The Old Town House was built in Cape Town in 1755 under Governor Rijk Tulbagh, and was one of Cape Town’s first official buildings. Baerendt Artois, a member of the Court of Justice, laid the first stone on this site. This stone can still be viewed in the museum.
Located in the heart of the city on Greenmarket Square, the early Rococo-style building has served as a police station, magistrate’s court, a Burgher Watch House, the Burgher Senate and until 1905, Cape Town’s City Hall. It is vitally important to Cape Town in both an historical and cultural context. Today the building serves as a museum, housing fine art, including the Michaelis Collection of 100 Flemish and Dutch masterpieces.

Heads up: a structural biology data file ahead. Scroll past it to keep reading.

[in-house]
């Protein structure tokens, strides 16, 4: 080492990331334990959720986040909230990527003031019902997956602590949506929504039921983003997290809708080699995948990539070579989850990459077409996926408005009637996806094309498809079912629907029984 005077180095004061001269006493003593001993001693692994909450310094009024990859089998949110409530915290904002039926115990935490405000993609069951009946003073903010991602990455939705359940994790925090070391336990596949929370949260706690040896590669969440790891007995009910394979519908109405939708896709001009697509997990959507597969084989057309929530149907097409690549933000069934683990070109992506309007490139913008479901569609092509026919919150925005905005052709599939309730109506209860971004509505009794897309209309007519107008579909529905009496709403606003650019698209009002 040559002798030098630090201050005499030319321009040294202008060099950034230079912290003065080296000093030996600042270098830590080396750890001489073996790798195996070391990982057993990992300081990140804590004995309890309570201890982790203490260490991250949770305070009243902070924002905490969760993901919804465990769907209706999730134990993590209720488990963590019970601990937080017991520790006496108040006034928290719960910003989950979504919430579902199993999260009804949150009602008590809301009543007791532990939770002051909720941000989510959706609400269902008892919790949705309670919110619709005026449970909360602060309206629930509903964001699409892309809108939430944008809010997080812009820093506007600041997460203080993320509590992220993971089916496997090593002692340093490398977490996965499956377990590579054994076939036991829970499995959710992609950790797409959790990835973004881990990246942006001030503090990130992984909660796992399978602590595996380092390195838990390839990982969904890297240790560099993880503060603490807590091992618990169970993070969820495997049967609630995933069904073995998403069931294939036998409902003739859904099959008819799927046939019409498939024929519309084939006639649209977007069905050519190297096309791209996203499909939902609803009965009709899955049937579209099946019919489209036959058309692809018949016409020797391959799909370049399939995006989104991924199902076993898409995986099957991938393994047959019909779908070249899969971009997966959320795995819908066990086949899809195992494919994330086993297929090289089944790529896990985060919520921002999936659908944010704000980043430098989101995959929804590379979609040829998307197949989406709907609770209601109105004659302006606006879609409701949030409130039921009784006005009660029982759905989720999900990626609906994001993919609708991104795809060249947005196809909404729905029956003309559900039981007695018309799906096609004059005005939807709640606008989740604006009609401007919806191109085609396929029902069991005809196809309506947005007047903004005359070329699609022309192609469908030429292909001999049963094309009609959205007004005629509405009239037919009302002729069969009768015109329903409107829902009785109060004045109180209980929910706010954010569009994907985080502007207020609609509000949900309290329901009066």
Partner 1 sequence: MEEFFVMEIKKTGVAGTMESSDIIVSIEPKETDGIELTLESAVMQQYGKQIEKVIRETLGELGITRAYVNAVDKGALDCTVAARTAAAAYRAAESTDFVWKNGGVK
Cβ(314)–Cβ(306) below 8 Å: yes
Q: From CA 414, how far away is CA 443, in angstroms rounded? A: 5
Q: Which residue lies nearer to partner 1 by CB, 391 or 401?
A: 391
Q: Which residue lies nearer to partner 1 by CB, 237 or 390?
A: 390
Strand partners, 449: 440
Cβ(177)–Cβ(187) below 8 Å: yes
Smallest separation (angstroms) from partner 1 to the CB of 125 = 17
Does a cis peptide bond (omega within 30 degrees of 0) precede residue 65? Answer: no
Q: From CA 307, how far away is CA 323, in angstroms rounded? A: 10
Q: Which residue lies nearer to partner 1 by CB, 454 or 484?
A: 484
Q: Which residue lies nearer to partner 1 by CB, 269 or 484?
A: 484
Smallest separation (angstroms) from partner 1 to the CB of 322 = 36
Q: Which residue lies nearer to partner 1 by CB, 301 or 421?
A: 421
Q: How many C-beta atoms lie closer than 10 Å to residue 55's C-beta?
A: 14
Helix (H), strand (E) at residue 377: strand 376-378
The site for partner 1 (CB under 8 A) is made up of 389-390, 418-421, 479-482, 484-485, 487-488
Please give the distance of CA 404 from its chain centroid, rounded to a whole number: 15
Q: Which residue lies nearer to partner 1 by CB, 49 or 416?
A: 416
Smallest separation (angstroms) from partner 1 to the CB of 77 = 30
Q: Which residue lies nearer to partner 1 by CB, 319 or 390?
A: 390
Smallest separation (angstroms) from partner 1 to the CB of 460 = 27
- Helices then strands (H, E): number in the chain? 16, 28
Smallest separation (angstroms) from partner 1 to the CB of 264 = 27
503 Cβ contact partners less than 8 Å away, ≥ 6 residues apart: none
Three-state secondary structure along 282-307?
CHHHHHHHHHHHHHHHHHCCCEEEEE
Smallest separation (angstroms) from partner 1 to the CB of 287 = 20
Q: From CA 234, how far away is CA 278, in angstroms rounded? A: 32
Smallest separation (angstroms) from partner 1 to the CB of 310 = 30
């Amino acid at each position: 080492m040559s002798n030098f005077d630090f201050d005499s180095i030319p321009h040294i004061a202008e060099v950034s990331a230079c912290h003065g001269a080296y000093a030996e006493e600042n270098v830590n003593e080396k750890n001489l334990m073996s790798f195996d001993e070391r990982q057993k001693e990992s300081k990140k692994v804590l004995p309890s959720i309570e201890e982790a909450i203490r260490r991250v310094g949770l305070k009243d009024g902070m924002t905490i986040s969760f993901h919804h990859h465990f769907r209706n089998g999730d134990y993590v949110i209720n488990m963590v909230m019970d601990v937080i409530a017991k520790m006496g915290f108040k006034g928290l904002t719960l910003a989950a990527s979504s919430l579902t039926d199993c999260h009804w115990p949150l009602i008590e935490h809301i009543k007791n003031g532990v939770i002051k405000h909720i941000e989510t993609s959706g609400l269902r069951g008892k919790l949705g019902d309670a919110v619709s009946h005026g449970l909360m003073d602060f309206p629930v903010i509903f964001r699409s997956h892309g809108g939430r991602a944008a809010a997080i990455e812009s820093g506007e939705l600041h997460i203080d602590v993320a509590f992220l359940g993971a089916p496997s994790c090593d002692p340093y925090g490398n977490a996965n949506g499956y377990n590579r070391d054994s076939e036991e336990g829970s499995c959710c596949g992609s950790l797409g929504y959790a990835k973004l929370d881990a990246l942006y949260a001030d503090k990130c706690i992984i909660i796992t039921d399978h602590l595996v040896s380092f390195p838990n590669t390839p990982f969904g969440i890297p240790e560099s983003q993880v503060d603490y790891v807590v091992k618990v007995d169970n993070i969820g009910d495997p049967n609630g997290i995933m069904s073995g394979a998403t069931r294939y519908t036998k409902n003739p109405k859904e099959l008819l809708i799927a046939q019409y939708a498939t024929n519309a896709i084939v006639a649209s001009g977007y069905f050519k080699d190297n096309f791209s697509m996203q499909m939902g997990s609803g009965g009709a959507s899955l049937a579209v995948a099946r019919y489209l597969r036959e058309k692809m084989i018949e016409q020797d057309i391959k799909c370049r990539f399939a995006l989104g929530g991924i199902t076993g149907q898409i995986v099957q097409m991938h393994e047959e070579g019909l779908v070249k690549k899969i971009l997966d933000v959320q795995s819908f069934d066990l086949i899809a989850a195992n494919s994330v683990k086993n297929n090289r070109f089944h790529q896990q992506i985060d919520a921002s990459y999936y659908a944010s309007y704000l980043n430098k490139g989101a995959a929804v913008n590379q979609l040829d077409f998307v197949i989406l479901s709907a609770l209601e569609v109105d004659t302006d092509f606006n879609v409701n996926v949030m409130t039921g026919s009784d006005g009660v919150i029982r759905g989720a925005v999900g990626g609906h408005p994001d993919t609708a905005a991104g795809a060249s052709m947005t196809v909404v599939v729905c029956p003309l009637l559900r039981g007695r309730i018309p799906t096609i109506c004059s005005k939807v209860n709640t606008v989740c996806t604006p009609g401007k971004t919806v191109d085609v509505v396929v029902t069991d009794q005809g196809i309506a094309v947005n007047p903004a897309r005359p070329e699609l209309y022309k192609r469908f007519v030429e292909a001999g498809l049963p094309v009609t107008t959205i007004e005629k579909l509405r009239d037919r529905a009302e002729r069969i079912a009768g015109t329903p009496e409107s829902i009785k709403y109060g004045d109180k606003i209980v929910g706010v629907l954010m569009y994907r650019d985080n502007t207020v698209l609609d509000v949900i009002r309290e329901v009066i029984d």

When the Old Town House was converted into a museum it was the first of its kind in the city. Sir Max Michaelis, in 1914, donated his collection of 17th century Dutch and Flemish art to the museum. The collection includes masters like Frans Hals, Jacob Ruisdal, Anthony van Dyck and many others.
Apart from its permanent collection on display, the museum also holds temporary exhibitions and is a great place to visit. The museum extends its services through the night and is a popular venue for lectures on culture and chamber-music concerts. The Old Town House also offers its premises for corporate meetings and receptions. The beautiful courtyard is often used for film shoots, wedding photographs and outdoor receptions.